Zimbabwe protests
Zimbabwean policemen arrest protesters during a demonstration on 6 July 2016, in BulawayoStringer/AFP/Getty Images

A day after hundreds of women gathered to demonstrate against Zimbabwe's President Robert Mugabe's regime by beating pots and pans in a march dubbed #BeatThePot campaign, the finance minister blamed international sanctions for the nation's economic woes

Saturday (16 July)'s march in the nation's second city Bulawayo was meant to show women's disgruntlement over the ongoing economic crisis. Facing a cash shortage, the Finance Ministry was forced to delay pay for civil servants – including doctors and the military and authorities have imposed strict limits on the amount that ordinary people can withdraw from bank accounts.

Bretton Woods Institutions − including the World Bank, the International Monetary Fund (IMF) and African Development Bank − froze their financial assistance to Zimbabwe in 1999 when the nation defaulted, and rendered it unable to clear a $1.8bn (£1.36bn) debt it owes the institutions. Western governments also imposed sanctions on Harare in 2001 over allegations of vote-rigging and human rights abuses.

Sanctions to blame for Zimbabwe's economic crisis

For the second straight month, a cashless Harare failed to pay the army on time, and Minister Patrick Chinamasa blamed the sanctions for the government's inability to meet its obligations.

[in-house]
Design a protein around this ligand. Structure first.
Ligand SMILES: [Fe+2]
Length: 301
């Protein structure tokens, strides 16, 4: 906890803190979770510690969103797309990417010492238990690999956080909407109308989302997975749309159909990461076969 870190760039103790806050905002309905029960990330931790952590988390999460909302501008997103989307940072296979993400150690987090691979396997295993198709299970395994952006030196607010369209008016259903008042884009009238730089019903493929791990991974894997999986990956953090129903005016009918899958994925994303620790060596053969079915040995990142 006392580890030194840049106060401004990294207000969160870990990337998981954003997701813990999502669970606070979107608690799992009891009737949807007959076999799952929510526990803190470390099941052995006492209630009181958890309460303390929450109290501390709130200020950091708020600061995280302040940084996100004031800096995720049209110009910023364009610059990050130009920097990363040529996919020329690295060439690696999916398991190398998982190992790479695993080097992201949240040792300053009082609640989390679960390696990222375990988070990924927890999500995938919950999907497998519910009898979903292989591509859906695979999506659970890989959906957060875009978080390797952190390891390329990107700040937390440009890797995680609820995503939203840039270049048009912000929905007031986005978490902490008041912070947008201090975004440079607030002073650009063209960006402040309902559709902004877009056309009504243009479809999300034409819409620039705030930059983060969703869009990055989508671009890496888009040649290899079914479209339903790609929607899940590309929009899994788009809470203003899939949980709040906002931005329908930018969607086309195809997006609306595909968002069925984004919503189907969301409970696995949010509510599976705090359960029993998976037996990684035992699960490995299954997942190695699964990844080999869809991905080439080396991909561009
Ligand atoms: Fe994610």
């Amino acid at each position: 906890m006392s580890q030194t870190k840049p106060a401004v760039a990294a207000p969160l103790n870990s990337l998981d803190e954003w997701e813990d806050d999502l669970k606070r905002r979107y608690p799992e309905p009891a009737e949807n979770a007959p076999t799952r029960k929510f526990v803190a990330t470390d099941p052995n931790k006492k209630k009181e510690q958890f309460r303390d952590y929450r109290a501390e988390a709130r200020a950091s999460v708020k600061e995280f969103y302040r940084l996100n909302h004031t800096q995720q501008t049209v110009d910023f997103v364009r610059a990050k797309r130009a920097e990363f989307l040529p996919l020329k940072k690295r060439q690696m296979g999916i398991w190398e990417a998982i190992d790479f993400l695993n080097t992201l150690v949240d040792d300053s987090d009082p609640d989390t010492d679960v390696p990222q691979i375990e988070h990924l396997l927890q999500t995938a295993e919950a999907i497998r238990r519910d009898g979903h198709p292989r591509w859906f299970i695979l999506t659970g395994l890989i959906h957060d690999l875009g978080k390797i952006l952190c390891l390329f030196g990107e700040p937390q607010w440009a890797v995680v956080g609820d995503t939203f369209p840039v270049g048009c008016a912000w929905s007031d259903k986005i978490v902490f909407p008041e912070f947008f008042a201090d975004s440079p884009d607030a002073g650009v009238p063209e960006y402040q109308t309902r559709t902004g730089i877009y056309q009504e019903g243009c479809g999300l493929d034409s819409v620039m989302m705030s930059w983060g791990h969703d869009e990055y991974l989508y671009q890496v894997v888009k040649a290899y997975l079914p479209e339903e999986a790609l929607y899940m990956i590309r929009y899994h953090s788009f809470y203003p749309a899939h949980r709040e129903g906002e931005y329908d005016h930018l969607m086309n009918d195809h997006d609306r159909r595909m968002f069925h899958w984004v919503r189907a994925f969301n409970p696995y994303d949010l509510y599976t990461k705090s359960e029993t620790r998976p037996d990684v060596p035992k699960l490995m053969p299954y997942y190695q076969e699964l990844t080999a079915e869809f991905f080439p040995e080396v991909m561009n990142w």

"Sanctions crippled our capacity to own our international obligations (debt payment)," Chinamasa told Reuters when asked about the wage-payment delays during the 27th African Union (AU) Summit in the Rwandan capital, Kigali.

He added: "Our industry sector collapsed, the formal corporate structure collapsed and it translated itself into informal sector. So we have now a situation where revenue collection from the informal sector is not easy. We need to come up with new policies."

Zimbabwe's President Robert Mugabe
President Robert Mugabe is desperate for money to fund Zimbabwe's budgetJekesai Njikizana/AFP/Getty Images

Zimbabwe: Desperate for money

Mugabe is desperate for money and struggling to finance its budget, and clear its $1.8 billion arrears to unlock new funding.

The IMF said on 14 July it was still far from a financial programme with Mugabe's government, which would only been carried out if certain conditions are met, including resolving issues of governance, accountability, transparency and the carrying out economic reforms.

The news comes less than two weeks after Mugabe claimed the delay in paying wages to public workers was "a temporary problem" that did not justify civilians to go on strike.

On 6 July, civil society organisations called for Zimbabweans to carry out a strike to pressure Mugabe, 92, into tackling the nation's economic issues and corruption, and most businesses in the capital shut down.

The AU Summit is scheduled to end on 18 July.